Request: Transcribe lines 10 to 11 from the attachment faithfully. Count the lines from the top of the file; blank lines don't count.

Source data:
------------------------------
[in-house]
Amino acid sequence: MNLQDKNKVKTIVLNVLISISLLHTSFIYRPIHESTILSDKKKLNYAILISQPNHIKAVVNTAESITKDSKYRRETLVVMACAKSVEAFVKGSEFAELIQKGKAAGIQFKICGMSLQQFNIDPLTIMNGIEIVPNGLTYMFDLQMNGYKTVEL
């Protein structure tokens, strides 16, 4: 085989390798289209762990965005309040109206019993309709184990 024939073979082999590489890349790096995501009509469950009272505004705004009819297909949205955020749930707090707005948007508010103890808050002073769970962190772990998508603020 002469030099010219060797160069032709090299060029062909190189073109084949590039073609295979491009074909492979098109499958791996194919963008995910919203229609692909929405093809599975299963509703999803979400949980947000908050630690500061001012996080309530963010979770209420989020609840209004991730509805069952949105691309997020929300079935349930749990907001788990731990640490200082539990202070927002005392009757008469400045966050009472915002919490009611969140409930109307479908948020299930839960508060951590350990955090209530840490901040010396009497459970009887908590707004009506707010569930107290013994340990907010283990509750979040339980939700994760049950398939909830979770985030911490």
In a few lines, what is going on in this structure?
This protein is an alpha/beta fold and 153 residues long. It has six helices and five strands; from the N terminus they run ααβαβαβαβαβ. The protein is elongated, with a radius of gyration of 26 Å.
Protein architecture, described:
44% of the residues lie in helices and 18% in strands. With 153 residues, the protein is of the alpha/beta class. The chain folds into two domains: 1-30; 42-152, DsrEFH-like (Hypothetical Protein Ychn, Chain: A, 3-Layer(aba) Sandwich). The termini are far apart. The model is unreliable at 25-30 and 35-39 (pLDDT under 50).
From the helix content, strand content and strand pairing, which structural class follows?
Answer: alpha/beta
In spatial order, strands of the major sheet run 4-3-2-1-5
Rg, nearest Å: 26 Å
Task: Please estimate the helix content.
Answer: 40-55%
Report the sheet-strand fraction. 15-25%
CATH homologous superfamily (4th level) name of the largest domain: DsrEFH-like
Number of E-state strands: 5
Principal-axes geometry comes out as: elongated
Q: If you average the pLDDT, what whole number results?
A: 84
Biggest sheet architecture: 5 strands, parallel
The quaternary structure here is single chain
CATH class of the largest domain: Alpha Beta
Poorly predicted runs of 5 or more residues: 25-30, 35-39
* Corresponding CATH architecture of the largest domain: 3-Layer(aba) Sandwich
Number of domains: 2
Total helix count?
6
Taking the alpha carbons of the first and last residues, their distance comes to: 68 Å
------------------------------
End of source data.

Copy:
In spatial order, strands of the major sheet run 4-3-2-1-5
Rg, nearest Å: 26 Å